The U.N. humanitarian chief warned Tuesday that aid to millions of Yemenis is in jeopardy as donor funding is rapidly running out.
"In December, the World Food Program reduced food rations for 8 million people," Martin Griffiths told the U.N. Security Council. "Starting next month, those 8 million may get no food at all, or just a reduced ration."
He said that in March, the humanitarian flights that ferry food, supplies and aid workers into the country may have to be suspended.
Nearly 21 million Yemenis, more than two-thirds of the population, need humanitarian assistance.
The U.N. has appealed for $3.85 billion for 2022, but the donors are not stepping up.
"The scale of the current gaps are unprecedented in Yemen," Griffiths said. "We have never before considered giving hungry people no food at all."
Last week, he released $20 million from the U.N.'s emergency humanitarian fund to Yemen. It was the second time he has done so this year.
"If these gaps are not addressed, it will simply be a death sentence for people whose coping mechanisms, in some cases, are completely exhausted and rely on assistance for their survival," Griffiths warned.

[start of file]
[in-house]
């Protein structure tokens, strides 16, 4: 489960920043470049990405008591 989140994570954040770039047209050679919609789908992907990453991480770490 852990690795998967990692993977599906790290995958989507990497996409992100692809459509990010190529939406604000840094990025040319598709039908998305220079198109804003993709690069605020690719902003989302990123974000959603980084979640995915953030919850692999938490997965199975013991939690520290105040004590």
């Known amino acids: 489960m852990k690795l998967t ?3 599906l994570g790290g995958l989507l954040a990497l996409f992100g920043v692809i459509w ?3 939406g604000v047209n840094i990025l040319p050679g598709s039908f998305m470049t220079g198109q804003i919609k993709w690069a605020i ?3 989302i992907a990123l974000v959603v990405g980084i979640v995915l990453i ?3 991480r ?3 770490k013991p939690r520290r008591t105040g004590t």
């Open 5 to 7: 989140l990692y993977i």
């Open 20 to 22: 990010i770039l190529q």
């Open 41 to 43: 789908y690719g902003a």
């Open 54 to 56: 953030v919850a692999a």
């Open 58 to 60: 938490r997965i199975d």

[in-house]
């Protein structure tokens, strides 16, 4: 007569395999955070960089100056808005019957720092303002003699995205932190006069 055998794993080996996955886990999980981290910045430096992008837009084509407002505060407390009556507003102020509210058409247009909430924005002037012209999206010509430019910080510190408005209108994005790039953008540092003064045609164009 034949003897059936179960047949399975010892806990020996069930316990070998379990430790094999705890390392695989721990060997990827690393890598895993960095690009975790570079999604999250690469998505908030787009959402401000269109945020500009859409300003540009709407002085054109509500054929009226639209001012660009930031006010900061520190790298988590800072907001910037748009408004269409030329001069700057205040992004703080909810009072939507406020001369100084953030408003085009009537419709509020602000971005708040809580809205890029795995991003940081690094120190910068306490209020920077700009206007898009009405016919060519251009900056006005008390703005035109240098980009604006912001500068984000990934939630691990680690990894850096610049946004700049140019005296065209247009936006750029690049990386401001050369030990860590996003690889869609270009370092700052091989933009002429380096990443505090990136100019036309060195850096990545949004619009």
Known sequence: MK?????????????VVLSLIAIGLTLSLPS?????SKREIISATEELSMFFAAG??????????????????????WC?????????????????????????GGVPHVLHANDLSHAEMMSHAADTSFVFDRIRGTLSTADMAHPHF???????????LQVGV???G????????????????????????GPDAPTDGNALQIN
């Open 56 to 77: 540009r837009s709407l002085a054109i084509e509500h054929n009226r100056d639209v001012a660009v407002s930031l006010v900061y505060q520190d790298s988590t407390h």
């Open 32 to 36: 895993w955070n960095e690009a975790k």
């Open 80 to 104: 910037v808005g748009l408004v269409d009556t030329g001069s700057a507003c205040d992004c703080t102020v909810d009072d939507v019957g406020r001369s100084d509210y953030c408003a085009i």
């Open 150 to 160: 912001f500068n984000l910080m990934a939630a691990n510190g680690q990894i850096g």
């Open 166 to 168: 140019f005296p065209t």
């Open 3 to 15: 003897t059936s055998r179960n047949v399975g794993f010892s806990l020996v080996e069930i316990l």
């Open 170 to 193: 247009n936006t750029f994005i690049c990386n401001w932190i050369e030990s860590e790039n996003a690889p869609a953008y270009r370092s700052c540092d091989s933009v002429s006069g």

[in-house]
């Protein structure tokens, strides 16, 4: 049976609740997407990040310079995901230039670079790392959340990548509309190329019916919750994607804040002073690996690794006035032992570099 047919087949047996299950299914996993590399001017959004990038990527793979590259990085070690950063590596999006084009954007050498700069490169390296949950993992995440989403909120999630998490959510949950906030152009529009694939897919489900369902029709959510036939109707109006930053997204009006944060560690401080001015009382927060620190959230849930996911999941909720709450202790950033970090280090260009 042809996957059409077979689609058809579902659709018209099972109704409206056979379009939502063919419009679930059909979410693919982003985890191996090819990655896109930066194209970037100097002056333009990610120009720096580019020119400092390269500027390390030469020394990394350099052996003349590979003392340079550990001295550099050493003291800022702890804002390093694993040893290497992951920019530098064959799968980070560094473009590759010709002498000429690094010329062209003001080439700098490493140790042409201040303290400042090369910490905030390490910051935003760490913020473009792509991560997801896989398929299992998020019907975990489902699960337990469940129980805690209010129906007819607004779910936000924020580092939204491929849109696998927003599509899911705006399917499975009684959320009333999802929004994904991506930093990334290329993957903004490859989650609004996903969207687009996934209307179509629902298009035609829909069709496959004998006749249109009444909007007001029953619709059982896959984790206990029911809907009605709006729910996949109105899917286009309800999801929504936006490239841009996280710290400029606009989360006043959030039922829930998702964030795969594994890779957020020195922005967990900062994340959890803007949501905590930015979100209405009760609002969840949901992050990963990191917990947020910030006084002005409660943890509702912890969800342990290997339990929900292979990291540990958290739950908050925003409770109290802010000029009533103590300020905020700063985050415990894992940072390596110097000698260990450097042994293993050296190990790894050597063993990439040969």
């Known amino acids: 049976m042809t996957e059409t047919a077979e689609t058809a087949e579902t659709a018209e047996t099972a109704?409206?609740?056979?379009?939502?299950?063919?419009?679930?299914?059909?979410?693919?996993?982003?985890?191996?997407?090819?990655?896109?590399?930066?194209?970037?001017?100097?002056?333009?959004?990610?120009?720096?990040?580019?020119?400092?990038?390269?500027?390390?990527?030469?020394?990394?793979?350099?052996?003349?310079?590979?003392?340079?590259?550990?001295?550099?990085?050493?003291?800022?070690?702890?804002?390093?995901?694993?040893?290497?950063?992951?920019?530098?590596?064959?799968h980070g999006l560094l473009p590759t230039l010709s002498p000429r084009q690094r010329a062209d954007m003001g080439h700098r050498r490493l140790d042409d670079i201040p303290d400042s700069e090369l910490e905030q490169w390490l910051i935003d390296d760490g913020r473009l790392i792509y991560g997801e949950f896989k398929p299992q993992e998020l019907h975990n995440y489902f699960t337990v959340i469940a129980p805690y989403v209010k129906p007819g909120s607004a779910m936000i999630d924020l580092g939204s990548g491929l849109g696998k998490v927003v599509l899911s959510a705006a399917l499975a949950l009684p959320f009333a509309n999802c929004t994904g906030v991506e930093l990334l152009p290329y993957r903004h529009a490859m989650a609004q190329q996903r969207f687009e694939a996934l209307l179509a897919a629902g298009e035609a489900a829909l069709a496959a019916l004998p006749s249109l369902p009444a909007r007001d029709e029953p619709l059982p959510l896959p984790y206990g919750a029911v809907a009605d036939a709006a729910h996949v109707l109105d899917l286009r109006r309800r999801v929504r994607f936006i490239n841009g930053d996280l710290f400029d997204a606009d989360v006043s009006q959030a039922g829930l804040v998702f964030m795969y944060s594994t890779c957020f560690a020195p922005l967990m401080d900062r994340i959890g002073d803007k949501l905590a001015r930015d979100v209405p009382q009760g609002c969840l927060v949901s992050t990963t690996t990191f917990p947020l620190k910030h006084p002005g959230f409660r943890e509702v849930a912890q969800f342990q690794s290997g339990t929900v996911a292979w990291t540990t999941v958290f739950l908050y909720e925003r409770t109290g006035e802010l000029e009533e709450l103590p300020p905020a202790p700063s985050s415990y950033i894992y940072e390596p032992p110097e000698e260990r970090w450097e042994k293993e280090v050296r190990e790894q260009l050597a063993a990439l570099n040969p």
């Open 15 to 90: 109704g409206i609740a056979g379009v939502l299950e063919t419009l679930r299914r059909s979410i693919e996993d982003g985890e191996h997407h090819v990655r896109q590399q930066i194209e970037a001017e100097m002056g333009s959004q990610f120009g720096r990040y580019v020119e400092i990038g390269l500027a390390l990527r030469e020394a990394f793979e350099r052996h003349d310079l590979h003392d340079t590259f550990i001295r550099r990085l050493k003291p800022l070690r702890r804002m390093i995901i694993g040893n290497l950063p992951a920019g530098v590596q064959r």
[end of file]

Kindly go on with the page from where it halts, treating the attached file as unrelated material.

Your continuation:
Sweden and Switzerland are co-hosting a high-level pledging conference for Yemen with the United Nations on March 16.
The country is in the seventh year of a brutal war that has pushed it deeper into poverty.
In September, fighting escalated between Saudi-backed government forces and Iranian-supported Houthi militants and intensified in January.
Griffiths said more than 650 civilians were killed or wounded in January, the highest toll in at least three years.
The environment is also dangerous for those trying to help the population.
On Friday, armed men abducted five U.N. staff members on an official mission in the southern Abyan governate. Griffiths said the United Nations is working to secure their release.
"These incidents are utterly unacceptable," he said.